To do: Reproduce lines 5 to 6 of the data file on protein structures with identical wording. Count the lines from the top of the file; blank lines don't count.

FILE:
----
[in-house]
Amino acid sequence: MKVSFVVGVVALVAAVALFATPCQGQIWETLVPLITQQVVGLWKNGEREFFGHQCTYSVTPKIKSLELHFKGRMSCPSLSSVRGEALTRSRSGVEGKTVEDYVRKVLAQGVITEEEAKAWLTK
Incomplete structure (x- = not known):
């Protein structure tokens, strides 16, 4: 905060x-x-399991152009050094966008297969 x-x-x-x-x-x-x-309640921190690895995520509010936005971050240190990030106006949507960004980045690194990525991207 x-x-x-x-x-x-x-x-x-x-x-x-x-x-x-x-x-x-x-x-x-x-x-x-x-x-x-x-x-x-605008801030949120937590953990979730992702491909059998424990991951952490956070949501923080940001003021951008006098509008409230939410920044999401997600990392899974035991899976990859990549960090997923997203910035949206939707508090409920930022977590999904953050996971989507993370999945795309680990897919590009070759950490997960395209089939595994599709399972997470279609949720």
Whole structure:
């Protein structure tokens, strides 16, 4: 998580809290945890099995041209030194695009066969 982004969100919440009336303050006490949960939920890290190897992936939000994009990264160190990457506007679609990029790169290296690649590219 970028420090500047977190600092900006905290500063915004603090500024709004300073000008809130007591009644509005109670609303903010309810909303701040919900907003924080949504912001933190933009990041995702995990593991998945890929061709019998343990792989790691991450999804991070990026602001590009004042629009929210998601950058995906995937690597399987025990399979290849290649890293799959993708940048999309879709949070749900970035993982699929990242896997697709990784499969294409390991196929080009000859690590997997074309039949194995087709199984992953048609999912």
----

Whole structure:
């Protein structure tokens, strides 16, 4: 998580809290945890099995041209030194695009066969 982004969100919440009336303050006490949960939920890290190897992936939000994009990264160190990457506007679609990029790169290296690649590219 970028420090500047977190600092900006905290500063915004603090500024709004300073000008809130007591009644509005109670609303903010309810909303701040919900907003924080949504912001933190933009990041995702995990593991998945890929061709019998343990792989790691991450999804991070990026602001590009004042629009929210998601950058995906995937690597399987025990399979290849290649890293799959993708940048999309879709949070749900970035993982699929990242896997697709990784499969294409390991196929080009000859690590997997074309039949194995087709199984992953048609999912």